No wise man will be bitten twice from the same den. Arabian Wisdom. A poet says: "It was my habit to think well of others until experience taught me otherwise. 30] A wise man is he who has been taught by experience.If a man think well of you. He who considers consequences will attain his object. A wise man is not he who considers how he may get out of an evil. No boon is so remunerative as reason. A cheap offer makes a wise purchaser wary. make his thought true. Long experience is an addition to mind. consider its end. but he who sees that he does not fall into it. Consideration may take the place of experience. Men should be judged according to their lights (reason)." Be well with God and fear nothing. Most men think well of themselves. A wise man sees with his heart what a fool does not see with his eyes. PRUDENCE. EXPERIENCE Reason is a light in the heart which distinguishes between truth and error. at sacred-texts. by John Wortabet. One word is sufficient to the wise man. If you desire a thing. and this is self-delusion. [ WISDOM. [1913]. A man cannot be wise without experience. and he who does not carefully think on . Actions are judged by their endings.

and reason has need of experience. Mind and experience are like water and earth co-operating--neither of which alone can bring forth a flower. for he casts away the burden of life. 18. Everything has need of reason. and does not vex his soul with thoughts of time and eternity. Folly Ignorance is the greatest poverty. i. . 31] The best way to treat a fool is to shun him. [p. A man never turns away from his passions unless the rebuke comes from himself to himself. and he that increaseth knowledge increaseth sorrow. by John Wortabet. [1913]. There is no evil so great as ignorance. To bear the folly of a fool is indeed a great hardship. at Ignorance. A wise man is never happy.--ECCLES. The most effectual preacher to a man is himself.) Arabian Wisdom. It is just as allowable to blame a blind man for want of sight as to blame a fool for his folly. Reason and anxious thought are inseparable. Folly is an incurable disease.them. (For in much wisdom is much grief. The fool is an enemy to himself--how can he then be a friend to others? An ignorant man is highly favoured. A foolish man is like an old garment. evil will be sure to overtake him. Ignorance is death in life. which if you patch it in one place becomes rent in many other places.

is a whole man. A man who is older than yourself by a day is more experienced than you by a year. WRITING. and consults others.Arabian Wisdom. He who is wise. his wisdom becomes yours. and seeks no counsel from others. When men consult together. PROV. and he who has no opinion of his own. and for which you give nothing. xi. by John Wortabet. then decide for yourself. [p. 14. Arabian Wisdom. Consult an older man and a younger. he who has a wise opinion of his own. [1913]. or happy if he blindly follows out his own thoughts. (In the multitude of counsellors there is safety. Consult a man of experience. at sacred-texts. man would be nothing more than a silent picture or a contemptible animal. and seeks no SPEAKING.) A counsellor is a trusted man. BOOKS If it were not for the faculty of CONSULTATION If you consult a wise man. [1913]. by John Wortabet. they are led by the wisest among them. No man can be sorry for seeking advice. Two heads are better than one. for he gives you what has cost him much. . is no man at all. Let your counsellor be one who fears God. at sacred-texts. 32] The wisest may need the advice of others. is half a man. and hear the counsel of a thousand. Confide your secret to one only. The knowledge of two is better than the knowledge of one.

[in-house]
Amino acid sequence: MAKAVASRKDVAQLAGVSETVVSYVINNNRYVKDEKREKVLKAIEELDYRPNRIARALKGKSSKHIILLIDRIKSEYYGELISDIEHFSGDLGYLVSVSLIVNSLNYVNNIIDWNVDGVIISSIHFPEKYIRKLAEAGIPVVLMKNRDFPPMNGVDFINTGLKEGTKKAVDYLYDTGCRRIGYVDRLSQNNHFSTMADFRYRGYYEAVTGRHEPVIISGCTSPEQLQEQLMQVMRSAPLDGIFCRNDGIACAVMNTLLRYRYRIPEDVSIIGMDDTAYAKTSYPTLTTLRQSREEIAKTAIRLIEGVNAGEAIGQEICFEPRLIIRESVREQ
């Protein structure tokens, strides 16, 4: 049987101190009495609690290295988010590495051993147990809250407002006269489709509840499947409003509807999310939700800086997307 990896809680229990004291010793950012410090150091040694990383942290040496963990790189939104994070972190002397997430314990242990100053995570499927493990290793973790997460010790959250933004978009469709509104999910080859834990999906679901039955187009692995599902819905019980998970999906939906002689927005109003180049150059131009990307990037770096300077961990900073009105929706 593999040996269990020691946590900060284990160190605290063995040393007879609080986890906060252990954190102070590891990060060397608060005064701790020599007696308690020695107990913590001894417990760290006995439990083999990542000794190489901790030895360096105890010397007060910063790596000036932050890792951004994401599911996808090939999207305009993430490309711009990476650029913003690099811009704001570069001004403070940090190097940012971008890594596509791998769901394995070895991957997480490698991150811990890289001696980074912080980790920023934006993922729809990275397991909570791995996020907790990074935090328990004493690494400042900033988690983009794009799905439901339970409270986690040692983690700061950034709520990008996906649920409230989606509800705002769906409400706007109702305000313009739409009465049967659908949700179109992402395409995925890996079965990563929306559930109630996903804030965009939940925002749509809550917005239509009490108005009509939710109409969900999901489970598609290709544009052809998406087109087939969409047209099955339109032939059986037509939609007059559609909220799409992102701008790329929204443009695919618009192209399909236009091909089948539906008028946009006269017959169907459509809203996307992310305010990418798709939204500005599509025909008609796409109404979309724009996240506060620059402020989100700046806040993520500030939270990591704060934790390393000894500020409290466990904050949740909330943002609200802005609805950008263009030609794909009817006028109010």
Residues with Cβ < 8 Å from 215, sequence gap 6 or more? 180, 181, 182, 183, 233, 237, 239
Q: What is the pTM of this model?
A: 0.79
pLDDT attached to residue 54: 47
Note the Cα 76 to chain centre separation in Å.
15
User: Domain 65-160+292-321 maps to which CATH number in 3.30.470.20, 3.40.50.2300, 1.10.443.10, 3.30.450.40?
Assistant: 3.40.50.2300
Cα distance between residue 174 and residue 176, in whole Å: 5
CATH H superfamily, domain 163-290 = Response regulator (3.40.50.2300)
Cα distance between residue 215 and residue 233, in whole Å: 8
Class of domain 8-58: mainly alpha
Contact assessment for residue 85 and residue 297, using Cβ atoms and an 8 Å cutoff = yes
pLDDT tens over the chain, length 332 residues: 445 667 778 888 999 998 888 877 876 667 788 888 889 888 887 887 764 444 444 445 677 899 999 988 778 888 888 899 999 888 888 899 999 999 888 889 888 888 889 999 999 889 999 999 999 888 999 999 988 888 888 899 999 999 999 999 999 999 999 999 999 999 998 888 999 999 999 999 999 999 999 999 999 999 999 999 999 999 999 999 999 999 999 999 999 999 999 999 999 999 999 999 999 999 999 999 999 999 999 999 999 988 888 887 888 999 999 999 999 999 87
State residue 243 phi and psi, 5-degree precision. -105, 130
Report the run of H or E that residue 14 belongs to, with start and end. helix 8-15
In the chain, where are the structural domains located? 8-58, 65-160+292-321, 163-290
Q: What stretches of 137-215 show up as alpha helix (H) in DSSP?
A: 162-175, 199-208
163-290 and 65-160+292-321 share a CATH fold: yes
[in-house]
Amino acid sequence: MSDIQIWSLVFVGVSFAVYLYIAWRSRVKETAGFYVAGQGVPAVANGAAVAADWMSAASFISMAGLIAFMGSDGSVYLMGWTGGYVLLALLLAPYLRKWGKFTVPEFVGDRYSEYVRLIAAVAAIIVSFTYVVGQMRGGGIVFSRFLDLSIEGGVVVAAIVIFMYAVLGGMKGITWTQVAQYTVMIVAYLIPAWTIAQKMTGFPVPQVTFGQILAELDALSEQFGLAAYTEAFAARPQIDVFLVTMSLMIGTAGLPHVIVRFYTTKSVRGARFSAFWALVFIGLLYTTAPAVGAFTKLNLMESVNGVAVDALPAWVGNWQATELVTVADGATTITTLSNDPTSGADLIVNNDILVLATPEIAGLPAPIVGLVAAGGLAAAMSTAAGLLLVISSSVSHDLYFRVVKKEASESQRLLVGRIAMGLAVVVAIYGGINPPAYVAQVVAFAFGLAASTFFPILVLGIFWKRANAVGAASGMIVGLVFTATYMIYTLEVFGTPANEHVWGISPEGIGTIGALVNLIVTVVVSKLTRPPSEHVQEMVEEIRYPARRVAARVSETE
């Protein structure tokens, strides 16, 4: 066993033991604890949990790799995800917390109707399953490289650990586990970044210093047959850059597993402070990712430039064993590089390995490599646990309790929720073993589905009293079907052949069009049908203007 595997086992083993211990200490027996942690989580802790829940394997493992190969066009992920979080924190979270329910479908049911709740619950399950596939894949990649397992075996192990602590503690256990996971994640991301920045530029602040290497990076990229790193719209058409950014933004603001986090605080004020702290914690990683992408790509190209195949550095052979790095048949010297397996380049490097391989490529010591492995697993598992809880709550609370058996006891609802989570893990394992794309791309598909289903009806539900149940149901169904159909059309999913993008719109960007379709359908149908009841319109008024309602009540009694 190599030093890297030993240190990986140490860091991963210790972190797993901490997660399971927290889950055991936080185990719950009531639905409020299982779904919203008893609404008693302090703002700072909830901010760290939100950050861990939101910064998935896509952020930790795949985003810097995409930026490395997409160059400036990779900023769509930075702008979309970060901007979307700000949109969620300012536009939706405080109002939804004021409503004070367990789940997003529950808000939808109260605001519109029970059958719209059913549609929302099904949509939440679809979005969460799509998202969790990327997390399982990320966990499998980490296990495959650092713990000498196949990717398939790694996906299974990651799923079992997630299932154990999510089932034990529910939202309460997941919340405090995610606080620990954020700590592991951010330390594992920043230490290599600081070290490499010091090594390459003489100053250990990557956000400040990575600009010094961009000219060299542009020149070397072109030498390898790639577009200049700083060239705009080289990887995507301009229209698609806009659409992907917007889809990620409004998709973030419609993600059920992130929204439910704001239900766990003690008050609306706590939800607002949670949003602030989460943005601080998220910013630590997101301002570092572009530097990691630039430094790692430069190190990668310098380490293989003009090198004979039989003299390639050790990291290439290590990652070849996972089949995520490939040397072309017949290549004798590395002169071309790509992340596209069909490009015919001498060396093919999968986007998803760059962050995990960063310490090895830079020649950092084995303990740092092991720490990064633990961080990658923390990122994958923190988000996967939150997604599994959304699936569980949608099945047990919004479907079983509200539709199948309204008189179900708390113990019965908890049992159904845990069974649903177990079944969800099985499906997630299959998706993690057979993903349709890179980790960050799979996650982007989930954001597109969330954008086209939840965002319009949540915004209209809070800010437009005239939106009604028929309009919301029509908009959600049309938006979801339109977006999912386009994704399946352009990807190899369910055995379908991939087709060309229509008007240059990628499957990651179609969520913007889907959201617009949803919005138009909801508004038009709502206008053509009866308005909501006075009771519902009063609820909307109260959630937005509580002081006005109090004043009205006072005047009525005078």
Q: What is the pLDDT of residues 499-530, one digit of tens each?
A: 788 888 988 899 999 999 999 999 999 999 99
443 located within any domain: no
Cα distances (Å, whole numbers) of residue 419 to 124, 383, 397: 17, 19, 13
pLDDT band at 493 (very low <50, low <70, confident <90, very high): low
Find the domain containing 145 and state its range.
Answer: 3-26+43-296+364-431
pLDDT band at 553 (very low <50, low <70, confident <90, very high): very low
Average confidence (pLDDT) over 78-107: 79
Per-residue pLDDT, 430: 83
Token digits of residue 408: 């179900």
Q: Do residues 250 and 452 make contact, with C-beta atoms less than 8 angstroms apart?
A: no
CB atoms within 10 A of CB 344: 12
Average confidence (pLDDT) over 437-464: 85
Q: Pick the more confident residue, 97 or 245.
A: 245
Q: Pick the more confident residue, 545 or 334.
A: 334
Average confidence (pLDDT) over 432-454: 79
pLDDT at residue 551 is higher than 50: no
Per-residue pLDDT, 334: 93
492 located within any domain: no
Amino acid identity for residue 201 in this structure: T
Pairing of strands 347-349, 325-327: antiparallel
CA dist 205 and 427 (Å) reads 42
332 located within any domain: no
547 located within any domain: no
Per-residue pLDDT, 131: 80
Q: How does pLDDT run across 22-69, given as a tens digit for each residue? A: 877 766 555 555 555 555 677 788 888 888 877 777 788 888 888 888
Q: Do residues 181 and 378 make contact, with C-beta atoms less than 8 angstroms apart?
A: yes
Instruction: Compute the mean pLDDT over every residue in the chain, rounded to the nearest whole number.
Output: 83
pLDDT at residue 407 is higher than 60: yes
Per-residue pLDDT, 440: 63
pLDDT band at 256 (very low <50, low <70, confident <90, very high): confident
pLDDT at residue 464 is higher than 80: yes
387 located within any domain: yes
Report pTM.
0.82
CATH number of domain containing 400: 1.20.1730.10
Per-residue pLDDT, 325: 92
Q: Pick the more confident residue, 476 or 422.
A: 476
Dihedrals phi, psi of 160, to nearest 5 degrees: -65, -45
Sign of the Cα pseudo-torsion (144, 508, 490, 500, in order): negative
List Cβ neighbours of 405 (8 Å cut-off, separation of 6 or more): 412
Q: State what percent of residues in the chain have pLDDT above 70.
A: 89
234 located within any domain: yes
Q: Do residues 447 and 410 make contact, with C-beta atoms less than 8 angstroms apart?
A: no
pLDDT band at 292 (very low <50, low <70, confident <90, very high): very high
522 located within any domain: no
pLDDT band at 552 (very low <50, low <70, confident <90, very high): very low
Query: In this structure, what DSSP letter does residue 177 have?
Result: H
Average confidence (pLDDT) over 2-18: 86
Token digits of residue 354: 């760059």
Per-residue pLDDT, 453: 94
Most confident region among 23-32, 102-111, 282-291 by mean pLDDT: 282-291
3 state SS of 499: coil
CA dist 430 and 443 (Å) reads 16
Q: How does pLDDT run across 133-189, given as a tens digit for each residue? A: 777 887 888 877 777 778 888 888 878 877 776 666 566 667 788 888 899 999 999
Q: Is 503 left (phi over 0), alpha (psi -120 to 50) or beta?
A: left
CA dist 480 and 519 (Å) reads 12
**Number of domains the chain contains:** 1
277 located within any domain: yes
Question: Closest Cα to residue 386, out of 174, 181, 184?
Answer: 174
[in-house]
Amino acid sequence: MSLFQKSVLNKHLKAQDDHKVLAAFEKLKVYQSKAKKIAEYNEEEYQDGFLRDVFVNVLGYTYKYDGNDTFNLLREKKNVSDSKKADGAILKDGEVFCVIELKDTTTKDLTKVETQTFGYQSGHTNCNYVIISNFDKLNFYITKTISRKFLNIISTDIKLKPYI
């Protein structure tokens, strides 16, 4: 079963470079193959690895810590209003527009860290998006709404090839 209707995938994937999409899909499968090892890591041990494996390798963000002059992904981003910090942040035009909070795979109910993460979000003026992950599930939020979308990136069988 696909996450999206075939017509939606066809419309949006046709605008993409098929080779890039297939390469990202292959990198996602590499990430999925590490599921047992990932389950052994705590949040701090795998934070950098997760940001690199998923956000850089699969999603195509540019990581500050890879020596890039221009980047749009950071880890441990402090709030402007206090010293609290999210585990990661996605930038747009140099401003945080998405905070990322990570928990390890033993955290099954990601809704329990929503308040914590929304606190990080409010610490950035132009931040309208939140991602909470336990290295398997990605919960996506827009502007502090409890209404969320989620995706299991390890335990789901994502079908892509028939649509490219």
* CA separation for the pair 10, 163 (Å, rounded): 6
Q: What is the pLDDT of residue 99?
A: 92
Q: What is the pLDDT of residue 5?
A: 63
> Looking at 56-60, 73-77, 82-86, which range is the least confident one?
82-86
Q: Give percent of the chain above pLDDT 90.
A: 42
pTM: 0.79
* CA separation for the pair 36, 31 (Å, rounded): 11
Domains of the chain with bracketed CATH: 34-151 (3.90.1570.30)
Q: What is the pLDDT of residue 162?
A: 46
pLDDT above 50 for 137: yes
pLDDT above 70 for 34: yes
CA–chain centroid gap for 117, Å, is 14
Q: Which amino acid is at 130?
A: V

The tongue is the best part of SILENCE. The tongues of men are the pens of truth. [1913]. A bad pen is like an unruly. Books are the food of minds. If you value a book you will read it through. 33] A book is like a garden carried in the pocket. Man is hidden behind his tongue. What you write is the truest thing that can be said of you. or a speaking friend answering and questioning you. The words of eloquent men are like a mighty army. and their writings like glittering swords. love-stricken. undutiful child. Arabian Wisdom. [p. If you write a book. silent companion. GUARDED SPEECH Wise men are silent. The best handwriting is that which is most easily read. All knowledge which is not committed to writing is lost. Poetry is one of the musical instruments of Satan. be ready to encounter criticism. by John Wortabet. ramble up and down in every valley. A man's talk shows what kind of mind he has. . There is something wise in every proverb. Poets. Note down in writing what you learn. at sacred-texts. A book is an eloquent.